20 Things to Do With Eggshells

20 Things to do with Eggshells

Eggs are a great source of protein, they’re full of vitamins and minerals and hey, they taste good too. But once you crack the shell and fry up them eggs, what good is the shell but tossing it in the trash? A lot more than you’d think.   I am still playing the waiting game for my first eggs from my chickens, but in the mean time I am saving egg shells from my store-bought eggs. 

Here are 20 Things to Do with Eggshells that you might not know about.

  1. Composting:  Eggshells are rich in calcium with about 750 to 800 mg of calcium in each medium eggshell. Eggshells include lots of other nutrients that are great for plants. Just crush or grind them up and add to your compost.
  2. Fertilizer: Along the same lines, you can crush eggshells and sprinkle them into a hole right before planting to fertilize the soil. Then every two weeks, crush eggshells and sprinkle them around the base of your plants.
  3. Prevent blossom end rot: Tomatoes and cucumbers are especially susceptible to blossom end rot. Sprinkle crushed eggshell around the vegetables to prevent this and provide some calcium carbonate.
  4. Seedling starters: Need a place to grow seedlings? Take an eggshell, rinse, add a hole on bottom for drainage and crack the other end. Fill this end with dirt and one to two seeds. Once they’re ready to be planted, just crack the eggshell at the bottom and plant the young plant along with the shell.
  5. Pest control: Crush eggshells around vegetables and flowers to keep away snails, slugs and cutworms because they don’t like crawling over the shell. Should keep cats from using your garden as a litter box too.
  6. Fertilize indoor plants: Just as with your garden, eggshells are a great way to keep your indoor plants healthy. Add the shells to a container of tepid water. Put in a cool, dark place overnight and then add the water to your plants.
  7. Cleaning dishes: Use eggshells to clean pots and pans that are tough to clean. They work wonderfully as an abrasive.
  8. Clean vases:  Vases can be hard to clean since they’re so tall and slender.  Just rinse the vase with warm water, add a few crushed eggshells, fill with warm water, and then add a drop of dishwashing soap. Shake and rinse thoroughly.
  9. Remove coffee and tea stains: Have a mug that is stained, no matter how you scrub? Add in some ground up eggshells, drop them in the mug and add warm water. Let sit overnight, letting the eggshells absorb the stain.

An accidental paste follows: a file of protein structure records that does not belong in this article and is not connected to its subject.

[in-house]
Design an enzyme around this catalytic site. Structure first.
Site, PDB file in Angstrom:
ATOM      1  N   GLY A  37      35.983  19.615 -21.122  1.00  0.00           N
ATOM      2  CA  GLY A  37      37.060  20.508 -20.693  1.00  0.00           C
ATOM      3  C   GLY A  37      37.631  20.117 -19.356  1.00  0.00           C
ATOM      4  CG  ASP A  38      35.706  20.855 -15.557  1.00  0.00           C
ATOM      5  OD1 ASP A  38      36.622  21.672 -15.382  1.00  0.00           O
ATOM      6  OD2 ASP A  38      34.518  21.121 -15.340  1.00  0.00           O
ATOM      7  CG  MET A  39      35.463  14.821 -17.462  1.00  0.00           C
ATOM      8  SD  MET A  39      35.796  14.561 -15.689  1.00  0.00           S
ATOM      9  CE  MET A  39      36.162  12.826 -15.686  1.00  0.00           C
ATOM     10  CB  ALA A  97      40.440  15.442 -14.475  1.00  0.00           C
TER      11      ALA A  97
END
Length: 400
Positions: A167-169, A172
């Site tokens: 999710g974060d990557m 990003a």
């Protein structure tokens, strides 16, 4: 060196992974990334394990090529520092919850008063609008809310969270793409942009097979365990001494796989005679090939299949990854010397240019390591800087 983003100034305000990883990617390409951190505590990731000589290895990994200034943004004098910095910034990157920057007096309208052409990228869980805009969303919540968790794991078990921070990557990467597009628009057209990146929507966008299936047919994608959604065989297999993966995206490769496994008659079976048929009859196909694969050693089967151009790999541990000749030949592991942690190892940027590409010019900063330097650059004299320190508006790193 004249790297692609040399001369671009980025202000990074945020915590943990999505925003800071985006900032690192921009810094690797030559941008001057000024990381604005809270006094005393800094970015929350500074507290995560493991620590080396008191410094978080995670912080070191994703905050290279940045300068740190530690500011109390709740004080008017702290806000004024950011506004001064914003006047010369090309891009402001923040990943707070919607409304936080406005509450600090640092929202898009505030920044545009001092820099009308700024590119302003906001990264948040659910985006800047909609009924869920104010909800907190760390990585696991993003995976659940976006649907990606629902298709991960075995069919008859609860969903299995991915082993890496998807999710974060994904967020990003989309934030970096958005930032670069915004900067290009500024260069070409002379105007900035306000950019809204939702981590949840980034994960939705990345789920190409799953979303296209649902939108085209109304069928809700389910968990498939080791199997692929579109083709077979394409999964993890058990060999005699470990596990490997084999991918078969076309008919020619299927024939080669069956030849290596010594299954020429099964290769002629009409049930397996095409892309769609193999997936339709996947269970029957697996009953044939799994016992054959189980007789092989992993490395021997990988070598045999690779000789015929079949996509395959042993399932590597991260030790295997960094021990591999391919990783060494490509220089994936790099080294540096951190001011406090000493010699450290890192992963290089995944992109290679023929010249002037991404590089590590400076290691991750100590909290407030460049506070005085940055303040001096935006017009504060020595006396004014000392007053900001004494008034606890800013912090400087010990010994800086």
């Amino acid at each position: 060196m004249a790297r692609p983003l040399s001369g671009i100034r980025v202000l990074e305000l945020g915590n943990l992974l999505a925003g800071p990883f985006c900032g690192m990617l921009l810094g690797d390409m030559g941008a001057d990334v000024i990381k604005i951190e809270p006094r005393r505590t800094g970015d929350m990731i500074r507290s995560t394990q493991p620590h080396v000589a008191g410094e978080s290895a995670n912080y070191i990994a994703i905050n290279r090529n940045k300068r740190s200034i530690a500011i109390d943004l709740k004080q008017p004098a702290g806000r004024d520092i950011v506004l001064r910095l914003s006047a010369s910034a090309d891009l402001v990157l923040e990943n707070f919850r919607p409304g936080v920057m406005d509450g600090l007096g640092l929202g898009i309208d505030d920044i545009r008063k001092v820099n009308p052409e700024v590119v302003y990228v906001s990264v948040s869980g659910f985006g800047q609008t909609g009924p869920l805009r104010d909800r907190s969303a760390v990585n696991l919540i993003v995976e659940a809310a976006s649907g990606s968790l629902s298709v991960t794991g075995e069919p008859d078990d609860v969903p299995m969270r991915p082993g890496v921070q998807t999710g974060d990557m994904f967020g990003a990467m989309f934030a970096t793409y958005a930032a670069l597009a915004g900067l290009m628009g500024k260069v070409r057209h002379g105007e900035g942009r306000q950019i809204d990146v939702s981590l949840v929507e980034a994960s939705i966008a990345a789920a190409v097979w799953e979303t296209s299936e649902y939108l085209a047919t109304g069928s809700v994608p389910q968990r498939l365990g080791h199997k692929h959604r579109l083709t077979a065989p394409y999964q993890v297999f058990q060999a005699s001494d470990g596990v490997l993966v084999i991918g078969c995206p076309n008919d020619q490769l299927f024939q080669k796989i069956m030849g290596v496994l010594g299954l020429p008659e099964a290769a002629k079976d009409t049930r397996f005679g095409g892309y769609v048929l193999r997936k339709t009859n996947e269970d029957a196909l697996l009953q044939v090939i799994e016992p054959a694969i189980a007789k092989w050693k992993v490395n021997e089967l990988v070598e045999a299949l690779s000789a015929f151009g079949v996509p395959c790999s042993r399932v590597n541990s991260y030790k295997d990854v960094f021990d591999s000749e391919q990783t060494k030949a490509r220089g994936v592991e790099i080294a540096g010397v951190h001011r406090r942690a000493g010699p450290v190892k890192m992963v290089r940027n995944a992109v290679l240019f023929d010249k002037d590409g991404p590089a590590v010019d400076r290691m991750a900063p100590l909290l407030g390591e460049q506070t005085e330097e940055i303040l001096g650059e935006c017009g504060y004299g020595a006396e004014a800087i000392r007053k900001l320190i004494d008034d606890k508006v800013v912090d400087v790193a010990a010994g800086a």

10. Whiten laundry: Just stick some eggshells in a mesh bag in your laundry and your white clothes will lose their grayish tint. I haven’t tried this myself. Has anyone tried this? Did it work?
  11. Feed them to chickens: Laying hens need lots of calcium and often need supplements in order to get that calcium. Calcium deficient hens lead to thin-shelled (and possibly shell-less) eggs.
  12. Homemade calcium supplement: Clean and sanitize the eggshells, let them dry, and then blend them to powder using a blender or coffee grinder. Spoon them into gelatin capsules or add them to smoothies for the extra calcium and other health benefits.
  13. Pet calcium supplement: You’re not the only one that can benefit from egg shell. Your pets can also use a calcium boost. Just add sterilized, ground eggshells to your pets’ food.
  14. Make homemade sidewalk chalk: This is definitely something to try for the kids. Grind up 5-8 shells, add 1 tsp of hot water, 1 tsp of flour, and food coloring. Mix together and then pack into toilet rolls till dried. Sounds like lots of fun!
  15. Coffee additive: Try adding an eggshell to the filter in the coffee maker. It will take some of the bitterness out of the coffee flavor and what’s left over in the filter is perfect for adding to your compost.
  16. Coloring: Rather than hard boiling eggs and coloring them, use the blow out method to remove the egg yolk. You can then color the eggshells.
  17. Eggshell mosaics: You can leave your colored shells be, or consider taking the colored shells, crushing them, and creating a beautiful mosaic. All you need are colored shells, card stock, a design, glue and tweezers.
  18. Gelatin molds: Want a clever gelatin dessert? Use eggshells as a gelatin mold. It can also be used to create egg-shaped chocolate treats. Just pour in some melted chocolate.
  19. Facials: Use a mortar and pestle to grind the egg shells (or I assume a blender would work as well) and then mix with egg whites. This makes a great facial, but be sure to let the mixture dry completely before you rinse it off.
  20. Use as a bandage: The membrane inside eggshells is perfect for bandages. Crack the egg, swipe some membrane, wrap it around the cut and let it harden.

Do you have any fun uses for eggshells? I’d love to hear about them!

Sources: Rural Spin, Community Chickens, Huffington Post, OneGoodThingByJillee, RD, ThePrairieHomestead, TLC, TheDailyGreen, FamilyCrafts, Care230 Comments

20 Things to Do With Eggshells was last modified: May 17th, 2015 by Karrie

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  1. I have a little bucket with a tight fitting lid. (That sounds like a song:)I use this to make a liquid compost for my garden and potted plants. In this bucket I collect banana peels, coffee grounds, tea bags, et cetera and most importantly, egg shells. I fill the bucket with water, put on the lid and let it set a couple of days. Then I water my garden with the liquid compost keeping the ingredients in the bucket and just using the water. It is important to have a tight fitting lid because it does smell but it also works. My garden is a jungle. My garden is fenced so pests cannot get into it. I imagine otherwise it would attract unwanted pests. The calcium does wonders for my tomatoes. Had a lot of blossom rot last year but so far none.